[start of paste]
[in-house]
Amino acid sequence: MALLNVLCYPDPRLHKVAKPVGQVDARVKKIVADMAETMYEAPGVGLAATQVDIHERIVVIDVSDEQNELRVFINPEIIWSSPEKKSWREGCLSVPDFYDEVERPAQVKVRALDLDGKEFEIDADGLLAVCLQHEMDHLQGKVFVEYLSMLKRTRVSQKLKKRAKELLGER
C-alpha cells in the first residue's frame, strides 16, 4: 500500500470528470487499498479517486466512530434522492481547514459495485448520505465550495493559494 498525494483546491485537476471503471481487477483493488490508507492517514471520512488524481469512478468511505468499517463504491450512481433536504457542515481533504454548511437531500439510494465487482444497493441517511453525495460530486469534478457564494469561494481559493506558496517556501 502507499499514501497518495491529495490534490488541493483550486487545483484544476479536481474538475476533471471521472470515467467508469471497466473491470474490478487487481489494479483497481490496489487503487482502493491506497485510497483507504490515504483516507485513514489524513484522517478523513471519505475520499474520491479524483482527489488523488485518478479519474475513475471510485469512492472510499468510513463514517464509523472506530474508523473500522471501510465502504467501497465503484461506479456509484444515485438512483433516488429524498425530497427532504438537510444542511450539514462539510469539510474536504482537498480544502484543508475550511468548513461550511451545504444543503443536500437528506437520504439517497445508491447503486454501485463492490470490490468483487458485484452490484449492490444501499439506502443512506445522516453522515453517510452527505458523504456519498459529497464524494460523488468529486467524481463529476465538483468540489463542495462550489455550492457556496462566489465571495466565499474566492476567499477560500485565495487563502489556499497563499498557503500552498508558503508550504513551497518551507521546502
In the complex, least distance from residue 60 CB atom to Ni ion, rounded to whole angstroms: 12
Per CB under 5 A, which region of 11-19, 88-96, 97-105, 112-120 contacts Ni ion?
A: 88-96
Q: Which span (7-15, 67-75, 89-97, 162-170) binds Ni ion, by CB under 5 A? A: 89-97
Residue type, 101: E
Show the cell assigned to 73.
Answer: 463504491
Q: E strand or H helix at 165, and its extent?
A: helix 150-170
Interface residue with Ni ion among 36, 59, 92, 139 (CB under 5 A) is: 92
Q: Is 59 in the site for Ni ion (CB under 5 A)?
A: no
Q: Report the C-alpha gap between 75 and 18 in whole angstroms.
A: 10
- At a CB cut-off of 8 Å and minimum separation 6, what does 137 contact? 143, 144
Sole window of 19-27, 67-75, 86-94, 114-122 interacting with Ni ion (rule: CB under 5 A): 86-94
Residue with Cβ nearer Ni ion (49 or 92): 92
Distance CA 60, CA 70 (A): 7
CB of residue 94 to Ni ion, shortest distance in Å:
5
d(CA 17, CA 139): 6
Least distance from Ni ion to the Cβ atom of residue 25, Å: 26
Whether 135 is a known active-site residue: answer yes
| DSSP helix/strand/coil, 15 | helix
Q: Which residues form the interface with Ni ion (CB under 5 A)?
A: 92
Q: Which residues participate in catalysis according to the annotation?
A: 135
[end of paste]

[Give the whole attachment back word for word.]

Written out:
[in-house]
Amino acid sequence: MALLNVLCYPDPRLHKVAKPVGQVDARVKKIVADMAETMYEAPGVGLAATQVDIHERIVVIDVSDEQNELRVFINPEIIWSSPEKKSWREGCLSVPDFYDEVERPAQVKVRALDLDGKEFEIDADGLLAVCLQHEMDHLQGKVFVEYLSMLKRTRVSQKLKKRAKELLGER
C-alpha cells in the first residue's frame, strides 16, 4: 500500500470528470487499498479517486466512530434522492481547514459495485448520505465550495493559494 498525494483546491485537476471503471481487477483493488490508507492517514471520512488524481469512478468511505468499517463504491450512481433536504457542515481533504454548511437531500439510494465487482444497493441517511453525495460530486469534478457564494469561494481559493506558496517556501 502507499499514501497518495491529495490534490488541493483550486487545483484544476479536481474538475476533471471521472470515467467508469471497466473491470474490478487487481489494479483497481490496489487503487482502493491506497485510497483507504490515504483516507485513514489524513484522517478523513471519505475520499474520491479524483482527489488523488485518478479519474475513475471510485469512492472510499468510513463514517464509523472506530474508523473500522471501510465502504467501497465503484461506479456509484444515485438512483433516488429524498425530497427532504438537510444542511450539514462539510469539510474536504482537498480544502484543508475550511468548513461550511451545504444543503443536500437528506437520504439517497445508491447503486454501485463492490470490490468483487458485484452490484449492490444501499439506502443512506445522516453522515453517510452527505458523504456519498459529497464524494460523488468529486467524481463529476465538483468540489463542495462550489455550492457556496462566489465571495466565499474566492476567499477560500485565495487563502489556499497563499498557503500552498508558503508550504513551497518551507521546502
In the complex, least distance from residue 60 CB atom to Ni ion, rounded to whole angstroms: 12
Per CB under 5 A, which region of 11-19, 88-96, 97-105, 112-120 contacts Ni ion?
A: 88-96
Q: Which span (7-15, 67-75, 89-97, 162-170) binds Ni ion, by CB under 5 A? A: 89-97
Residue type, 101: E
Show the cell assigned to 73.
Answer: 463504491
Q: E strand or H helix at 165, and its extent?
A: helix 150-170
Interface residue with Ni ion among 36, 59, 92, 139 (CB under 5 A) is: 92
Q: Is 59 in the site for Ni ion (CB under 5 A)?
A: no
Q: Report the C-alpha gap between 75 and 18 in whole angstroms.
A: 10
- At a CB cut-off of 8 Å and minimum separation 6, what does 137 contact? 143, 144
Sole window of 19-27, 67-75, 86-94, 114-122 interacting with Ni ion (rule: CB under 5 A): 86-94
Residue with Cβ nearer Ni ion (49 or 92): 92
Distance CA 60, CA 70 (A): 7
CB of residue 94 to Ni ion, shortest distance in Å:
5
d(CA 17, CA 139): 6
Least distance from Ni ion to the Cβ atom of residue 25, Å: 26
Whether 135 is a known active-site residue: answer yes
| DSSP helix/strand/coil, 15 | helix
Q: Which residues form the interface with Ni ion (CB under 5 A)?
A: 92
Q: Which residues participate in catalysis according to the annotation?
A: 135